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Lee v. Weisman

112 Sup.Ct. 2649 (1992)

The Lewis Roca Rothgerber Religious Institutions Group gratefully acknowledges the contribution of the Ethics and Public Policy Center which provided the following case commentary taken from Terry Eastland, Religious Liberty in the Supreme Court: The Cases That Define the Debate over Church and State (1993).

The Supreme Court addressed questions of school prayer for the first time in 1962, holding in Engel v. Vitale that a state-sponsored prayer used in public schools violated the Constitution. Thirty years later, in Lee v. Weisman, the Court extended the principle of Engel to hold that a state may not sponsor prayers at middle and high school graduation ceremonies.

The case arose from Providence, Rhode Island, whose middle and high school principals invited members of the clergy from around the city to give invocation and benediction prayers as part of their schools' graduation ceremonies. Robert E. Lee, principal of Nathan Bishop Middle School, invited Rabbi Leslie Gutterman of Temple Beth El to offer the prayers at his school's 1989 graduation ceremony. Principal Lee gave Rabbi Gutterman a pamphlet containing guidelines for the composition of the prayers and advised him that the invocation and benediction should be nonsectarian. The prayers that the rabbi said at the ceremony, which took place on school premises on June 29, 1989, were of that nature.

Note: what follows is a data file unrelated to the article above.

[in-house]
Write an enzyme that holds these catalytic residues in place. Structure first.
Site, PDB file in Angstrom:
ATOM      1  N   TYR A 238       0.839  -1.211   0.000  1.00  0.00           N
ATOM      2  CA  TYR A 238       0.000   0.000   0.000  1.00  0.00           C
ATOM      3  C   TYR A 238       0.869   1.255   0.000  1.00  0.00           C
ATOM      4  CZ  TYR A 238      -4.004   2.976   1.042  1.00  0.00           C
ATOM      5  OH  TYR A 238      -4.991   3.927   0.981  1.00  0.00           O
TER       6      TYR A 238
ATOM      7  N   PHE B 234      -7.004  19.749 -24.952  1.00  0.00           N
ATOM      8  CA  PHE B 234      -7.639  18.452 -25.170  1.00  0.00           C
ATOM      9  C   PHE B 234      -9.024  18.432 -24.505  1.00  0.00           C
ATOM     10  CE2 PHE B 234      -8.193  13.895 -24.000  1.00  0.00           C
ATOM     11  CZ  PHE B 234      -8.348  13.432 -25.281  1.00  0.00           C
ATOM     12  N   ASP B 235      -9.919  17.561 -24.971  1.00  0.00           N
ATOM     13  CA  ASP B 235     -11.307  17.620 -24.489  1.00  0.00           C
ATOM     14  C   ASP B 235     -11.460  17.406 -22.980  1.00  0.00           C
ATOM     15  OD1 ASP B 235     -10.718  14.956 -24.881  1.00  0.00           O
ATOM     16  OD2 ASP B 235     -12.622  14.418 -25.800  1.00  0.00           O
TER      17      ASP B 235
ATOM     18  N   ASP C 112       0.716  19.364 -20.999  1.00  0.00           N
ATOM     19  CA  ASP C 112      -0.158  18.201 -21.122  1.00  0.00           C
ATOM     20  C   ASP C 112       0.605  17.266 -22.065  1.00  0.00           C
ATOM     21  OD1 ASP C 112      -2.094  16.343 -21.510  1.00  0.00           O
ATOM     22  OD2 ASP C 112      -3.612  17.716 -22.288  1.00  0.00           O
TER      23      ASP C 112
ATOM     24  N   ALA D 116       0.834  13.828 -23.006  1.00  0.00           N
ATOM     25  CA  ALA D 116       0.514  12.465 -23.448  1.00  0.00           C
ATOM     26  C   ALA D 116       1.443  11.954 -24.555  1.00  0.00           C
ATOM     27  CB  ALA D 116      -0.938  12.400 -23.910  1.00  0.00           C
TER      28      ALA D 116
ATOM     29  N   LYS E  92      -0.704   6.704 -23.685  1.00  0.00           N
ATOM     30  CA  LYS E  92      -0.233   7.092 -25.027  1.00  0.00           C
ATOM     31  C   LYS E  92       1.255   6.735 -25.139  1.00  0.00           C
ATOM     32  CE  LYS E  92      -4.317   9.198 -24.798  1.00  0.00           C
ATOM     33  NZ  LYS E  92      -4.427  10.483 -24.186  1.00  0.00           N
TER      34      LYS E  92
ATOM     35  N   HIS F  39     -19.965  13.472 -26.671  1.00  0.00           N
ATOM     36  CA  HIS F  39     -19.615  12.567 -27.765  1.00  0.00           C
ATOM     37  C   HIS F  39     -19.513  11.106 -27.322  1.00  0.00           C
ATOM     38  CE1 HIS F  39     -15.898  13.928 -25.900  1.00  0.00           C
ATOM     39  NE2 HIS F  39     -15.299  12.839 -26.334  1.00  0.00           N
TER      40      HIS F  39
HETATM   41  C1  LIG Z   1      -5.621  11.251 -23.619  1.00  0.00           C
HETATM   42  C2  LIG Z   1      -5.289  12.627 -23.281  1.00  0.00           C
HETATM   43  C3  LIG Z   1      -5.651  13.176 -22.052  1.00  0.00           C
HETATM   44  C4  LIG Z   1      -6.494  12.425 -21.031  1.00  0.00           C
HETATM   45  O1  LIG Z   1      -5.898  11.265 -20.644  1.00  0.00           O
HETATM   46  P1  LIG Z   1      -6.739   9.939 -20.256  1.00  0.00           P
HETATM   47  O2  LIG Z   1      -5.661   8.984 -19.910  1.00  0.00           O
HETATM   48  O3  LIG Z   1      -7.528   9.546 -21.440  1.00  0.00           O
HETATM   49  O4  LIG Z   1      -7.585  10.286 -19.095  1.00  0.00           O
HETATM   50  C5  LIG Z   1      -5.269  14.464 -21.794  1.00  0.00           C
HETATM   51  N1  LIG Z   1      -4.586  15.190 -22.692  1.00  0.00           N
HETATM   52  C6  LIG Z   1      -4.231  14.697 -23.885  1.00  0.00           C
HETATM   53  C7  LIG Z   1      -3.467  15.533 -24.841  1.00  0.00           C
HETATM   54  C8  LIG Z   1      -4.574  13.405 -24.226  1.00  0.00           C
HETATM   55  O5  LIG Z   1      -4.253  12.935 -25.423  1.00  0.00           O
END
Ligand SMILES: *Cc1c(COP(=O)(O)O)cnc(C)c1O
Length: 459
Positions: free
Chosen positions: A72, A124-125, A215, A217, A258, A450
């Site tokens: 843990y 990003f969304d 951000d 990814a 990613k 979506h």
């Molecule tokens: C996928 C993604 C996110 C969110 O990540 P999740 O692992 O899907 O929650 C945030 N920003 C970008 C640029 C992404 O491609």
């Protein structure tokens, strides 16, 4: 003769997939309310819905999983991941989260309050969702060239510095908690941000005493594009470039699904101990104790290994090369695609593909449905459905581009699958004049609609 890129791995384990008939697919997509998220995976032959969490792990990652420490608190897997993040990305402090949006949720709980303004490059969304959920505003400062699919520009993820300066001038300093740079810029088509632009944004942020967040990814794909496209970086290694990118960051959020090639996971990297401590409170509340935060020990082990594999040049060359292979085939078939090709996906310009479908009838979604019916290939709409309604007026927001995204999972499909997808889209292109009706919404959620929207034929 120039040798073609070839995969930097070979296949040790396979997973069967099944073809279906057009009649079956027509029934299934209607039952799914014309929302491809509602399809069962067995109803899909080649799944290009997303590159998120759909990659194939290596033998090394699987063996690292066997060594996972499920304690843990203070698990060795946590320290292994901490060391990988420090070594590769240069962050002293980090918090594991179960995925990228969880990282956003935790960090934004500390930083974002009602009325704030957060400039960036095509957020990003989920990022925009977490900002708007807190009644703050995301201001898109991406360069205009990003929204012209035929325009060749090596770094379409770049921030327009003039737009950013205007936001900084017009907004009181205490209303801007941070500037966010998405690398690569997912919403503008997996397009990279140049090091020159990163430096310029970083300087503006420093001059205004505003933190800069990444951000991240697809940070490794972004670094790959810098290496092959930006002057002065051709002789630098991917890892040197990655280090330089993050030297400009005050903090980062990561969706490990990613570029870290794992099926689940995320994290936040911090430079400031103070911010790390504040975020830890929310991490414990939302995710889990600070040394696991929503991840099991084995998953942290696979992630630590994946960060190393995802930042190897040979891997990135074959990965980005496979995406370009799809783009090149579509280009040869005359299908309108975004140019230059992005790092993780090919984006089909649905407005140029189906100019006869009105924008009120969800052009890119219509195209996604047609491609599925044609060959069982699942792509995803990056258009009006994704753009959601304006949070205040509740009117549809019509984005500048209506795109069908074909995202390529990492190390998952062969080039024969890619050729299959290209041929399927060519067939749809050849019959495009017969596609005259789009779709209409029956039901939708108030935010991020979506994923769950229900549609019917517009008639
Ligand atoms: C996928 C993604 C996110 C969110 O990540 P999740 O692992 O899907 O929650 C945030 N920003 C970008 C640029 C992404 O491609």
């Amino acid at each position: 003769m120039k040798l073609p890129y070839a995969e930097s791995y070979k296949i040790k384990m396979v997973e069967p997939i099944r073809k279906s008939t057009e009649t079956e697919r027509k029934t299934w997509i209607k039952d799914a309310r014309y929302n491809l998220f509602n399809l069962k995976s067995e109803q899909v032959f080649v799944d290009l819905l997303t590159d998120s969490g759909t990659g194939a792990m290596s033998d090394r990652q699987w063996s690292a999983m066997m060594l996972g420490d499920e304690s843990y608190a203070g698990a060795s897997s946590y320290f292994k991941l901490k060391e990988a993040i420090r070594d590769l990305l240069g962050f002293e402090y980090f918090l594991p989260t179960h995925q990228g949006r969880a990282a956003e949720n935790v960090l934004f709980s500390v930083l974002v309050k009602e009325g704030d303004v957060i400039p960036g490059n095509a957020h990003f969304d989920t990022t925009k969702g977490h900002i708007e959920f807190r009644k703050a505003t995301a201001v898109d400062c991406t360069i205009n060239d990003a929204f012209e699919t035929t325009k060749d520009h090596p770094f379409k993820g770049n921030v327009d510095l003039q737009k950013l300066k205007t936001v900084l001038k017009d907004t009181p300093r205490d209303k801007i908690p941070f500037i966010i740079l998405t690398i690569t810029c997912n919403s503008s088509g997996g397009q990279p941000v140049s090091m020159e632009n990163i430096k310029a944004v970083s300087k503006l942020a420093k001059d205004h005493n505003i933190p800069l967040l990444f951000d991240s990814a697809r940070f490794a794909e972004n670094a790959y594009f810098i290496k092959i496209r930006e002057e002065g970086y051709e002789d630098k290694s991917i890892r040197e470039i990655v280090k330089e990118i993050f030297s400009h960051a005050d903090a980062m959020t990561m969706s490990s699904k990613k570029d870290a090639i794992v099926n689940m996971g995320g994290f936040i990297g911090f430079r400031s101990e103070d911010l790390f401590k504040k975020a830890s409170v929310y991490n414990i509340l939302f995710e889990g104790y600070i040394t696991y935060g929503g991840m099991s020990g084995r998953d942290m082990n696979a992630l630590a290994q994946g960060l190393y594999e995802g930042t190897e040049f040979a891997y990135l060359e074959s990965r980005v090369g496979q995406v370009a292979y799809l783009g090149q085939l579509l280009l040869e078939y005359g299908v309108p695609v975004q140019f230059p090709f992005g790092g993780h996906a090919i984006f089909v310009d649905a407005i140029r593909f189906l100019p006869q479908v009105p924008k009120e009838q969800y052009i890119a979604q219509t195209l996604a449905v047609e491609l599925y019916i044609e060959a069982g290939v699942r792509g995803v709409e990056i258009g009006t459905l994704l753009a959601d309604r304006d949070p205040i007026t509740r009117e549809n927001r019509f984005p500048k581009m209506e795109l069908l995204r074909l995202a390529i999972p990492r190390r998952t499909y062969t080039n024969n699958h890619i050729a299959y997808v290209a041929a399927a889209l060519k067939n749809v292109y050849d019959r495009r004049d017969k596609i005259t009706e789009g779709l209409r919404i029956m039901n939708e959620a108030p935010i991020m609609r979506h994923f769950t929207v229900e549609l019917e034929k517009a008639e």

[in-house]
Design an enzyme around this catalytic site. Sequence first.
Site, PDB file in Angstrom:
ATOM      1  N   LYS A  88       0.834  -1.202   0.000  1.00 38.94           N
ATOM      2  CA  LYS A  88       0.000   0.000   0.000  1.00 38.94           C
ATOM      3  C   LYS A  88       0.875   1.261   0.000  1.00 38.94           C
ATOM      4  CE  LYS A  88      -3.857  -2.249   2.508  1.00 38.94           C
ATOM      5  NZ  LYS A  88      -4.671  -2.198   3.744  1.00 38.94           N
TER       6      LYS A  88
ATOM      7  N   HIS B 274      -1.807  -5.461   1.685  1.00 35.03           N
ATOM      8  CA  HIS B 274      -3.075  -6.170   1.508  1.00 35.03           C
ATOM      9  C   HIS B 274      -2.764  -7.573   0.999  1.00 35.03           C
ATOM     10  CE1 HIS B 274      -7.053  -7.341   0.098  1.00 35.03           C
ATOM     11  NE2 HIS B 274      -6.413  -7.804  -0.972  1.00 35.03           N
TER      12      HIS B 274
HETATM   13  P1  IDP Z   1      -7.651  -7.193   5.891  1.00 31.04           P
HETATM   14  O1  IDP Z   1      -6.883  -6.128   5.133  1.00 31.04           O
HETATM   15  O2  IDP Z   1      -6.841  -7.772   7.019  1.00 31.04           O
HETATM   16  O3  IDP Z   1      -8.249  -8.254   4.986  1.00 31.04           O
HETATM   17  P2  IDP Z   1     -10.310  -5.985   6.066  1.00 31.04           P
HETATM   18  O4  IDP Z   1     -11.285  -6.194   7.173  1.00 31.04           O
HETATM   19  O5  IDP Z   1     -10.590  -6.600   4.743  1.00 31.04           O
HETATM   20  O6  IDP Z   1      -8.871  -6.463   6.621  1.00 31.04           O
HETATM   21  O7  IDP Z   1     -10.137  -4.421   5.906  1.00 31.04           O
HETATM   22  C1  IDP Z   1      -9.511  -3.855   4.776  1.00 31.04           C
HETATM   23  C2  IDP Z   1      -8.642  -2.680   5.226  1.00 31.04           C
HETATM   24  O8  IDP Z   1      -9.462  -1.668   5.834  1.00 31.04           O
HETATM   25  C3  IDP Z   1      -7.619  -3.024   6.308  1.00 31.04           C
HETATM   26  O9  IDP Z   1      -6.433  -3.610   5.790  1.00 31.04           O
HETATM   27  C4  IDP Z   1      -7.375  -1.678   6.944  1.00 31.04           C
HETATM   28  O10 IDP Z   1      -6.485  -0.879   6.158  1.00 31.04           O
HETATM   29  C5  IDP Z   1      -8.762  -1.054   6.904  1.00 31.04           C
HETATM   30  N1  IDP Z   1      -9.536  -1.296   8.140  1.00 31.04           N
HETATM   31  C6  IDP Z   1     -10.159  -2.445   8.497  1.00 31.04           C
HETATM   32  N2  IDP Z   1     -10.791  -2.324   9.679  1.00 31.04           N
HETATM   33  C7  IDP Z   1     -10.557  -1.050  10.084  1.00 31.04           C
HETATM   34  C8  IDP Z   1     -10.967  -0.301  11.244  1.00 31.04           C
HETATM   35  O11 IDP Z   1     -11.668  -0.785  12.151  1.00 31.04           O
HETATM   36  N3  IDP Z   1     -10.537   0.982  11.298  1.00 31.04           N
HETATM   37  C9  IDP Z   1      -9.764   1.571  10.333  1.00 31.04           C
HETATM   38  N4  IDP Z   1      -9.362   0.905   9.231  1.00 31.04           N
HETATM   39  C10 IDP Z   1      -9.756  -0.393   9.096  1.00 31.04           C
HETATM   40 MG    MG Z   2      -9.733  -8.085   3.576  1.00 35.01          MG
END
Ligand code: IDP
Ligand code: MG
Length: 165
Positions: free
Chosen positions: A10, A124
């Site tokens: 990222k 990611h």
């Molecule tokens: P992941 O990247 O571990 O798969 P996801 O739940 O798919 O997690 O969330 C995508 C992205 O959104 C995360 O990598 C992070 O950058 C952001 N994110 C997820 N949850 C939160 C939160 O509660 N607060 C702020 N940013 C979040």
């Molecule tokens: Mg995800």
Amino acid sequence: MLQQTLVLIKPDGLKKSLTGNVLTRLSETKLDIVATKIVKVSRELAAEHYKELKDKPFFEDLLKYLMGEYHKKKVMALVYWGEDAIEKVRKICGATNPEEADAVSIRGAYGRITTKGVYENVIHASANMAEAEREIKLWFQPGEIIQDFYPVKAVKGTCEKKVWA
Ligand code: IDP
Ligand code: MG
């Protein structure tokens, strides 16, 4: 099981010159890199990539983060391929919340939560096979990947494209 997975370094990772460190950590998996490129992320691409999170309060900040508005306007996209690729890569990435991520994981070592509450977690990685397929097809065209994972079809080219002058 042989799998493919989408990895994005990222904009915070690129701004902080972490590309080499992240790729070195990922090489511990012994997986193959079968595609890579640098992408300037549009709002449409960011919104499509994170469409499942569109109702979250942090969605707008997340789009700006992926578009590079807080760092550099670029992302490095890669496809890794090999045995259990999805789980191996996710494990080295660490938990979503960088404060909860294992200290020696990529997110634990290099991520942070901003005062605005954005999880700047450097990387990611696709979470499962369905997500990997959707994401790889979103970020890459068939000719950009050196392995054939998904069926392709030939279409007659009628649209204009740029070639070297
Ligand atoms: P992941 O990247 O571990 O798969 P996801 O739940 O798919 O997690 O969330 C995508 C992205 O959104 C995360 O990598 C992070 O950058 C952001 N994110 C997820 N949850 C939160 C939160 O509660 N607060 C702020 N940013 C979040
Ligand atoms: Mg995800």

Four days before the ceremony Daniel Weisman, whose daughter Deborah was in the graduating class, sought in her behalf a temporary restraining order in federal district court to prohibit school officials from including a prayer in the graduation ceremony. The motion was denied, but in July 1989 Daniel Weisman amended his complaint, seeking a permanent injunction against including prayers in Providence's middle and high school graduation ceremonies. The district court held that the graduation-ceremony prayers were unconstitutional, and the U.S. Court of Appeals for the First Circuit affirmed.

Daniel Weisman prevailed in the Supreme Court by a 5-to-4 vote. Justice Anthony Kennedy, joined by Justices Harry Blackmun, John Paul Stevens, Sandra Day O'Connor, and David Souter, wrote for the Court. The case produced three other opinions: a concurrence by Justice Blackmun, a concurrence by Justice Souter, and a dissent by Justice Antonin Scalia. Justice Kennedy's opinion for the Court, Justice Souter's concurrence, and Justice Scalia's dissent are presented here. They are followed by editorial responses from the Washington Post and the Dallas Morning News.

It was widely expected that the Court would use the Lee case to reconsider its approach, laid down in Lemon v. Kurtzman, to establishment questions. That did not happen. Of interest, however, is not only the argument that took place between Justices Kennedy and Scalia, in their opinions, but also the inquiry into the original meaning of the no-establishment provision undertaken by Justice Souter in his opinion, which seeks to answer (then Associate) Justice William Rehnquist's lengthy dissent in Wallace v. Jaffree (1985).

Participating in Lee v. Weisman, decided June 24, 1992, were Chief Justice William H. Rehnquist and Associate Justices Harry A. Blackmun, Anthony M. Kennedy, Sandra Day O'Connor, Antonin Scalia, David H. Souter, John Paul Stevens, Clarence Thomas, and Byron R. White.


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